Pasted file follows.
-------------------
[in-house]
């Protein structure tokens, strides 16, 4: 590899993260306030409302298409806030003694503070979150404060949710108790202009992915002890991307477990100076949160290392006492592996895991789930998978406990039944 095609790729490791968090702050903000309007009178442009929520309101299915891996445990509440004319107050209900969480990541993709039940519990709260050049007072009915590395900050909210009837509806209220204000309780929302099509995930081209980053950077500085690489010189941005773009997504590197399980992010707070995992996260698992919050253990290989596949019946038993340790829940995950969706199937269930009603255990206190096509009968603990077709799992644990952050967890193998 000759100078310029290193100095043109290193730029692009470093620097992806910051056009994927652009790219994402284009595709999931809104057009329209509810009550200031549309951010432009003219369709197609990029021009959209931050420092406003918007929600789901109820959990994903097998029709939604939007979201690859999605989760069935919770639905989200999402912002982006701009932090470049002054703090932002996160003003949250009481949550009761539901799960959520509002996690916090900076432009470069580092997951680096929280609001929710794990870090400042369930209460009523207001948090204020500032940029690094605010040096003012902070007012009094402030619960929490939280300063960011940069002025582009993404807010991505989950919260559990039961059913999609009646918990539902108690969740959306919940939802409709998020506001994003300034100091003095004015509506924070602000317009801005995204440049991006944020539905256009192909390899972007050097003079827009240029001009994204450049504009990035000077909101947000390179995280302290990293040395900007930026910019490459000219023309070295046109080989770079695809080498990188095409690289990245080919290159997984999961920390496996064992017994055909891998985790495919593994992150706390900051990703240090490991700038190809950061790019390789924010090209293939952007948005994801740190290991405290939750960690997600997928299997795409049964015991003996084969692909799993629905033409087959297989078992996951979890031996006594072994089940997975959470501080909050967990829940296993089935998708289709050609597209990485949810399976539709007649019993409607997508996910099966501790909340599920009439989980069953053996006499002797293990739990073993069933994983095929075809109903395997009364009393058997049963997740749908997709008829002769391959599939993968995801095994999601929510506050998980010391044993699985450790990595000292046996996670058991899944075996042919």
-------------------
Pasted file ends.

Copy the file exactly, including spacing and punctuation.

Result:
[in-house]
């Protein structure tokens, strides 16, 4: 590899993260306030409302298409806030003694503070979150404060949710108790202009992915002890991307477990100076949160290392006492592996895991789930998978406990039944 095609790729490791968090702050903000309007009178442009929520309101299915891996445990509440004319107050209900969480990541993709039940519990709260050049007072009915590395900050909210009837509806209220204000309780929302099509995930081209980053950077500085690489010189941005773009997504590197399980992010707070995992996260698992919050253990290989596949019946038993340790829940995950969706199937269930009603255990206190096509009968603990077709799992644990952050967890193998 000759100078310029290193100095043109290193730029692009470093620097992806910051056009994927652009790219994402284009595709999931809104057009329209509810009550200031549309951010432009003219369709197609990029021009959209931050420092406003918007929600789901109820959990994903097998029709939604939007979201690859999605989760069935919770639905989200999402912002982006701009932090470049002054703090932002996160003003949250009481949550009761539901799960959520509002996690916090900076432009470069580092997951680096929280609001929710794990870090400042369930209460009523207001948090204020500032940029690094605010040096003012902070007012009094402030619960929490939280300063960011940069002025582009993404807010991505989950919260559990039961059913999609009646918990539902108690969740959306919940939802409709998020506001994003300034100091003095004015509506924070602000317009801005995204440049991006944020539905256009192909390899972007050097003079827009240029001009994204450049504009990035000077909101947000390179995280302290990293040395900007930026910019490459000219023309070295046109080989770079695809080498990188095409690289990245080919290159997984999961920390496996064992017994055909891998985790495919593994992150706390900051990703240090490991700038190809950061790019390789924010090209293939952007948005994801740190290991405290939750960690997600997928299997795409049964015991003996084969692909799993629905033409087959297989078992996951979890031996006594072994089940997975959470501080909050967990829940296993089935998708289709050609597209990485949810399976539709007649019993409607997508996910099966501790909340599920009439989980069953053996006499002797293990739990073993069933994983095929075809109903395997009364009393058997049963997740749908997709008829002769391959599939993968995801095994999601929510506050998980010391044993699985450790990595000292046996996670058991899944075996042919």